Last Thursday Chartbeat hosted the Frontend Innovators Meetup group at our office. The focus was Angular.js, and my co-workers and I had the good fortune of being presenters. Our goal was to share some of the experiences and insights we’ve gained over the past year working with Angular.js.
I presented first, focusing on how and why Chartbeat began using Angular.js for all of our front-end applications in the first place. I discuss our decision to migrate from Google Closure Library to Angular.js after weighing all the options we had available. I then shared how we actually develop with Angular.js, focusing on how we layout our directories, files, and applications, and discussing our multiple applications at Chartbeat and our need for a system that allows for growth, flexibility, and sharing between all applications.
Danny presented next, discussing the merits and pitfalls of developing reusable components. He first discussed the advantages of working with components, which give us the ability to quickly throw together entire new applications by using existing components, allowing us to rapidly develop new applications by leveraging existing components. Danny then dove into the trade-offs that accompany the creation and maintenance of components: if it is more “expensive” to create a component than it is to simply duplicate code then perhaps it isn’t worth the time and effort to create it as a component. It was a nuanced talk with some great points. Worth watching in full, I think.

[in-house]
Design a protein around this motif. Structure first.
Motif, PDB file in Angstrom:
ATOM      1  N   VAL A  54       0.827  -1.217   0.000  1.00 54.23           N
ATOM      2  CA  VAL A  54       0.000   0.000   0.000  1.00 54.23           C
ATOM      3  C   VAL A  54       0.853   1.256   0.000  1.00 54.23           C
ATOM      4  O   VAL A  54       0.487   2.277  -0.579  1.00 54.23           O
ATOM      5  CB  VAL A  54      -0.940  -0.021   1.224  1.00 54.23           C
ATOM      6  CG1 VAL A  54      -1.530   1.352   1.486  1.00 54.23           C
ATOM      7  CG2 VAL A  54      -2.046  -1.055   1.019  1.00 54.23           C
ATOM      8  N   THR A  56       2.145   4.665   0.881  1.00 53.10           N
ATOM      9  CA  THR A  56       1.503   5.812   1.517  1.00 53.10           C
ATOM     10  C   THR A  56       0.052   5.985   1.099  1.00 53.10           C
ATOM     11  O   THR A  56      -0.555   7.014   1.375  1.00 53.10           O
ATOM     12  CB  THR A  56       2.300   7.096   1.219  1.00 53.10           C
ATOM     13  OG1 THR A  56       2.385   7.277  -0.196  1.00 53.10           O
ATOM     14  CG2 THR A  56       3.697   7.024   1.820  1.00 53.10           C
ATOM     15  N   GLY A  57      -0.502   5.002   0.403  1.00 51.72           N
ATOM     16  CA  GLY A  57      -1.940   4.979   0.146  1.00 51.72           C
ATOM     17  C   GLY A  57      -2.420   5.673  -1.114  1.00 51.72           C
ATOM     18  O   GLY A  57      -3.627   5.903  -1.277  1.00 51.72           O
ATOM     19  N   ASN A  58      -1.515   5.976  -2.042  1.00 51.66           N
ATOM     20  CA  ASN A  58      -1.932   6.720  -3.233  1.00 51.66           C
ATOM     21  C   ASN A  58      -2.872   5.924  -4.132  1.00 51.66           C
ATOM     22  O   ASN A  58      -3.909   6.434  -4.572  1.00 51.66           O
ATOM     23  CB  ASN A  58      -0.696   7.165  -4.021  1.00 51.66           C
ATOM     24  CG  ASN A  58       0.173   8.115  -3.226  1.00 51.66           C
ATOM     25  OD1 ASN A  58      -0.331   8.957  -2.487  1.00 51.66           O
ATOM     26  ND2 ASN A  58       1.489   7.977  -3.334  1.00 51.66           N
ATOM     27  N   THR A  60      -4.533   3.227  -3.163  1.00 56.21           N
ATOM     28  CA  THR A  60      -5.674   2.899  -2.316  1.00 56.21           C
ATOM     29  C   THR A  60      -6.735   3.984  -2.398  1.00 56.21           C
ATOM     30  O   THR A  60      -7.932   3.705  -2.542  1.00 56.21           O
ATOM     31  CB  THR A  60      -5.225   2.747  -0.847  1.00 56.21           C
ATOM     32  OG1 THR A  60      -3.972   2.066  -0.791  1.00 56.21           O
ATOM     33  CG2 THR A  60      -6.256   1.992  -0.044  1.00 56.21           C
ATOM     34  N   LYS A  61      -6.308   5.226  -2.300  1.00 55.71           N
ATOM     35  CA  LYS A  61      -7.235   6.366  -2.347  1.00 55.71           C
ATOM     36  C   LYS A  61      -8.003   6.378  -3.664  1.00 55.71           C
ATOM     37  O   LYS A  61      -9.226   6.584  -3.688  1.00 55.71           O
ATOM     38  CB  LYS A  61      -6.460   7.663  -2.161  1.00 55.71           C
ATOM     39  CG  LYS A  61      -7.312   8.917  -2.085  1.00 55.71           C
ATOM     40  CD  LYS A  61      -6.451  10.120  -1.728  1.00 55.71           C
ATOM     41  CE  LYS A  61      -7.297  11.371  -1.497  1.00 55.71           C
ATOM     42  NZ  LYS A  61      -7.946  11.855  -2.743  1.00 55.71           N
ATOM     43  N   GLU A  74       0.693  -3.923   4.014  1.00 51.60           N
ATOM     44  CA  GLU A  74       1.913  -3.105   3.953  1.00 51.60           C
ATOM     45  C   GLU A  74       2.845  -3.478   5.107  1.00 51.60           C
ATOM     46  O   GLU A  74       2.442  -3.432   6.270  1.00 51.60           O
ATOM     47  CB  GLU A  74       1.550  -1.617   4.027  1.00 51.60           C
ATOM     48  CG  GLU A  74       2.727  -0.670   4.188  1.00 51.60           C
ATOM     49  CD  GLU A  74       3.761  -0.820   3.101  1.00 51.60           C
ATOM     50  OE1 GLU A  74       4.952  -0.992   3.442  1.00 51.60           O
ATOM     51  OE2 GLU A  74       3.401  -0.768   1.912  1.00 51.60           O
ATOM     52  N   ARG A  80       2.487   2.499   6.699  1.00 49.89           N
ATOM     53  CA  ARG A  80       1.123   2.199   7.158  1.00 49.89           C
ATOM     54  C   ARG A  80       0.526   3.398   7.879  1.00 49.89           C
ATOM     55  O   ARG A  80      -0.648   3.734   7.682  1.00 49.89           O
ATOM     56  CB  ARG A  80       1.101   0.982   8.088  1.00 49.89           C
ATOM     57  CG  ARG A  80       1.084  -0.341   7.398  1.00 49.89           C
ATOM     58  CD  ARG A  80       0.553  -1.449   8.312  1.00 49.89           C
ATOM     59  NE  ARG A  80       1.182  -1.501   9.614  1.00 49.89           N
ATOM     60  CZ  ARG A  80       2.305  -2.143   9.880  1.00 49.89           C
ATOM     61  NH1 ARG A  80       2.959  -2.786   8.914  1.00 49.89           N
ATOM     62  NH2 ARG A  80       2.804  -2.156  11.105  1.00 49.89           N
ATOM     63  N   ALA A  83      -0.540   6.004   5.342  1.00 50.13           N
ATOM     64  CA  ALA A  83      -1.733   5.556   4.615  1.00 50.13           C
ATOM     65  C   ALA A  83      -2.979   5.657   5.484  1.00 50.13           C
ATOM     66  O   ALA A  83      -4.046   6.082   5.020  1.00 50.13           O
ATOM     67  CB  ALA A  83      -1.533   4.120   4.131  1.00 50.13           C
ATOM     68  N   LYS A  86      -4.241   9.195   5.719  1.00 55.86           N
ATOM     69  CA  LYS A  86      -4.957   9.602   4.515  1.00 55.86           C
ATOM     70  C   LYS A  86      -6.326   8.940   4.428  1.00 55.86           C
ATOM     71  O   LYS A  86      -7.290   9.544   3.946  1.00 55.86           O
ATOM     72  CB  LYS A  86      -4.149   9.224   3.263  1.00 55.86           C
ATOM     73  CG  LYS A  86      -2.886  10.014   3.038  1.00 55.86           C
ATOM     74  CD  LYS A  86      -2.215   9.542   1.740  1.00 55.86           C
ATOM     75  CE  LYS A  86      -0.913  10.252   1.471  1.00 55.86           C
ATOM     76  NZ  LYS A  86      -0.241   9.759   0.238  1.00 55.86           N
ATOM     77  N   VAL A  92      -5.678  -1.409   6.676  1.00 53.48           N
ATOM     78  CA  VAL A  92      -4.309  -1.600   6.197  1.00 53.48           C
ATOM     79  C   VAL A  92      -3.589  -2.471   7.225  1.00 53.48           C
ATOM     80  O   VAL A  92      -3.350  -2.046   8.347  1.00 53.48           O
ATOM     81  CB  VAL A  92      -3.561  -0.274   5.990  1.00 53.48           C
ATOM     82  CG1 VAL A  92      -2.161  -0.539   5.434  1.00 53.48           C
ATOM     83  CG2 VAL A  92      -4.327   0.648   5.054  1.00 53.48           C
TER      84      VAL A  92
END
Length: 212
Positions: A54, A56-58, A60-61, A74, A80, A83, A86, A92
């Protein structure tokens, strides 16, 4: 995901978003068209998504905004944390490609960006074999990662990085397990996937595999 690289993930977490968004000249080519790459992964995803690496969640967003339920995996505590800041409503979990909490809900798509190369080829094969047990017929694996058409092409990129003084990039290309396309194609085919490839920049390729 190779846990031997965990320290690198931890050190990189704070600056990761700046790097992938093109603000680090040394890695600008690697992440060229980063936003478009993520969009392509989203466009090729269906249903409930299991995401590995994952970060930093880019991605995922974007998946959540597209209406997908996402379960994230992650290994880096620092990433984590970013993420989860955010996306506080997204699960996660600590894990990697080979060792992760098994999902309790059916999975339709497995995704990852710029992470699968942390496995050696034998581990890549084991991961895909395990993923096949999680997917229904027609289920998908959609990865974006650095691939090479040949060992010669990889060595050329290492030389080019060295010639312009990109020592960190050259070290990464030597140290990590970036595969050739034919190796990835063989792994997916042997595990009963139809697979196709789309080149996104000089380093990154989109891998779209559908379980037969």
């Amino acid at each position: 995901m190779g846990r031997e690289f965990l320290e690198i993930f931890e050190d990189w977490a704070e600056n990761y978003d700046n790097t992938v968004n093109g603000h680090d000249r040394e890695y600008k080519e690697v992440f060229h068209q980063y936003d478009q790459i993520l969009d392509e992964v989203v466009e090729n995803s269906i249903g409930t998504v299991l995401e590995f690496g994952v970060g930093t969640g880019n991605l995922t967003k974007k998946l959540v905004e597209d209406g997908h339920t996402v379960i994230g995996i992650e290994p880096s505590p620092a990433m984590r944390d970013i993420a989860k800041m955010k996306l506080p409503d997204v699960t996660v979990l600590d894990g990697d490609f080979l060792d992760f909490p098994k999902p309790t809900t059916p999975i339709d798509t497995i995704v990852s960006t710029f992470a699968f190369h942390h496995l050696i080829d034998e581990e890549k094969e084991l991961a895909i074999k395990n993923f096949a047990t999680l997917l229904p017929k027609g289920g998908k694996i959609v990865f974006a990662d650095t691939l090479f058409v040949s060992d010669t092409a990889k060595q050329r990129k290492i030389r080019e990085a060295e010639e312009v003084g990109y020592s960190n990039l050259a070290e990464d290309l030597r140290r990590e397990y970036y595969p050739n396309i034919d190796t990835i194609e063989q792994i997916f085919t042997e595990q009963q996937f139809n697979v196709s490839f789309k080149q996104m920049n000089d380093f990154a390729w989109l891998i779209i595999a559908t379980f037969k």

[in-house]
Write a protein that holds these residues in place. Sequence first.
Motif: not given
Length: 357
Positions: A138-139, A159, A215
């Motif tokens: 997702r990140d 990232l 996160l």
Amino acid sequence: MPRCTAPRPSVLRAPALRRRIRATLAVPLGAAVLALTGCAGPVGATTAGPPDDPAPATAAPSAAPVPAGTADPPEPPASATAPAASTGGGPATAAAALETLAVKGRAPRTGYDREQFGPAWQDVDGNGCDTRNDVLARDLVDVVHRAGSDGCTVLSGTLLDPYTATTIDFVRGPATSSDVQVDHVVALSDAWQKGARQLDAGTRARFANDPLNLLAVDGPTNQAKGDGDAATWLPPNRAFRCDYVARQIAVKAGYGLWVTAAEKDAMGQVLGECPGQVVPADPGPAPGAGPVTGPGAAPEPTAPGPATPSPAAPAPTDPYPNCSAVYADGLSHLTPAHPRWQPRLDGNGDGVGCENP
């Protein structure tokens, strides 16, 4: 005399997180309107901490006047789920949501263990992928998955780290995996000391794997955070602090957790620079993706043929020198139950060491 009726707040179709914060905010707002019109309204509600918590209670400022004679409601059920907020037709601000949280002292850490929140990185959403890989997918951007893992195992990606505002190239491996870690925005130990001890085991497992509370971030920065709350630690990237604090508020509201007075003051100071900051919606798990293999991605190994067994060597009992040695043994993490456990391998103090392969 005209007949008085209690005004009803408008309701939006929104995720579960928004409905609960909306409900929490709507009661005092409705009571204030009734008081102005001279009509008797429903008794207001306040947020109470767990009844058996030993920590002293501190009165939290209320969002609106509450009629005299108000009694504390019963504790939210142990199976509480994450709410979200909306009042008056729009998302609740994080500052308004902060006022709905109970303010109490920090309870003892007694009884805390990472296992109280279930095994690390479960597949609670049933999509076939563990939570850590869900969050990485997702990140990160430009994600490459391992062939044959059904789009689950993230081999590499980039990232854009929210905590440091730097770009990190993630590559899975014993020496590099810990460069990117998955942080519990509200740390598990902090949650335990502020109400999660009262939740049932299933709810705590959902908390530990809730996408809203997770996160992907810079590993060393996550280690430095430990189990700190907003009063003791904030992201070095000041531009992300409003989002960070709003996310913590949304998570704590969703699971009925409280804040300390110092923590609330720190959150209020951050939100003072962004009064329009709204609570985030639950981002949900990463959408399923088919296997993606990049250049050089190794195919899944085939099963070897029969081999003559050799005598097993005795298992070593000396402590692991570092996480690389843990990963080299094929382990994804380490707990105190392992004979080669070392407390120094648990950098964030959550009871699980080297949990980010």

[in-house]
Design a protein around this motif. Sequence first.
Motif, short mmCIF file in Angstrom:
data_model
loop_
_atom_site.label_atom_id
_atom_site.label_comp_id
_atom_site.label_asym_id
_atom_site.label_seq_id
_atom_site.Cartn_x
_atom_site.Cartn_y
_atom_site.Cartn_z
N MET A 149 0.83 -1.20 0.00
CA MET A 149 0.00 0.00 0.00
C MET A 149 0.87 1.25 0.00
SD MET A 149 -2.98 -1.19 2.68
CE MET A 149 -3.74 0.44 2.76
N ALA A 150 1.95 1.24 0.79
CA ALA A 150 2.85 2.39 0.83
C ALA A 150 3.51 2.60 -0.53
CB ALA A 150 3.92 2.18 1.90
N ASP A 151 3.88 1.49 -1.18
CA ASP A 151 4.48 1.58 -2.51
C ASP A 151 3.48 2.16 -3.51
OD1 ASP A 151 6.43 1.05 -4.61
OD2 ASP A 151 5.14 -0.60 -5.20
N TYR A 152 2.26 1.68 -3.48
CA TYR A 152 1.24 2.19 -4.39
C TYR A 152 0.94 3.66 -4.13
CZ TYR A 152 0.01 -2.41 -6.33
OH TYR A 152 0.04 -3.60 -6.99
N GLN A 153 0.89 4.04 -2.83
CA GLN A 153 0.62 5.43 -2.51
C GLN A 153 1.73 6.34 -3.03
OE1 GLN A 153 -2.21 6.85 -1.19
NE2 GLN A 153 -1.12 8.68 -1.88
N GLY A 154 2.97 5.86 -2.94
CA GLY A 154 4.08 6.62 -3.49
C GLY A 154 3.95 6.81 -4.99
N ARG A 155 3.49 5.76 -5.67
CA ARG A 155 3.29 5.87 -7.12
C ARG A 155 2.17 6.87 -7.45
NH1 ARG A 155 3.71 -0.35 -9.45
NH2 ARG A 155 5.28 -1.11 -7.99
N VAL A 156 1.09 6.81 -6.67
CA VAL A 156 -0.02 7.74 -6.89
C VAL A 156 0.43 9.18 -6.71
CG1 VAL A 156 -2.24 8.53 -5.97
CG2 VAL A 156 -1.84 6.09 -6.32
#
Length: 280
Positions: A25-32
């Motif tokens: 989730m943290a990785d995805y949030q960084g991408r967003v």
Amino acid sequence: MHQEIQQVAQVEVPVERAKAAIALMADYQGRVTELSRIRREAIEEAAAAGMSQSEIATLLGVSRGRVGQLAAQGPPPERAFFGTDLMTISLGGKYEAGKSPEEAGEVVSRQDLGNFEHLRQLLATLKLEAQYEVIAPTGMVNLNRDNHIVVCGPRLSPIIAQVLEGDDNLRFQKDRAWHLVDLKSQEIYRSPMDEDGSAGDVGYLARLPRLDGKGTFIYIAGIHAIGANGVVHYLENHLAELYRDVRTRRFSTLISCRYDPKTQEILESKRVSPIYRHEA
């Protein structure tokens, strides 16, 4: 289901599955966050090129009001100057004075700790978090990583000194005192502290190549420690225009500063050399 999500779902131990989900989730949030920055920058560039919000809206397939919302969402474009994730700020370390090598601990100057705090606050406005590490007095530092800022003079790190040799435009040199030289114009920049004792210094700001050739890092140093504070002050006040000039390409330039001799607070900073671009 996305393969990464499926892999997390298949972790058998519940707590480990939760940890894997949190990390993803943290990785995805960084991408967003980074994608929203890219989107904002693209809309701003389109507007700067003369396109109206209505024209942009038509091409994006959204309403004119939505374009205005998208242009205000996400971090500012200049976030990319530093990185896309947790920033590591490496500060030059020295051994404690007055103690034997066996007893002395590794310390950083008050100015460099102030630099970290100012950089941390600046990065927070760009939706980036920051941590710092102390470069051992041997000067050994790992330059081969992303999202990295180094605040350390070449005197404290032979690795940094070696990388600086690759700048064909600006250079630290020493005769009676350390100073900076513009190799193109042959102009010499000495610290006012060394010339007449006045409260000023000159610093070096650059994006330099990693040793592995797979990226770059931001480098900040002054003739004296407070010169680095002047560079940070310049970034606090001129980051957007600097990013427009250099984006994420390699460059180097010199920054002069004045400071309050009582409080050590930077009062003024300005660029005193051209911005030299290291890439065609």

Nick then presented about SVG, D3, and Chartbeat’s use of D3 within Angular. He began by giving a solid background on SVG and the pitfalls you can encounter when trying to use Angular’s templating functionality with SVG elements (spoiler alert: there are a few!). Nick then discussed our internal library called C3 that he developed. He showed the design decisions that shaped C3 and the places where he’s found some shortcomings that he hopes to fix in the future.
We had a great time presenting and hope everyone learned something from our talks.
Angular.js is still pretty new and we're all still learning the best way to do things. Over the past year we’ve learned a lot about the right way to do things and the wrong way to do things. If you have too, please chime in. Sharing what we've learned is the best way for our whole front-end community to continue building better and better things.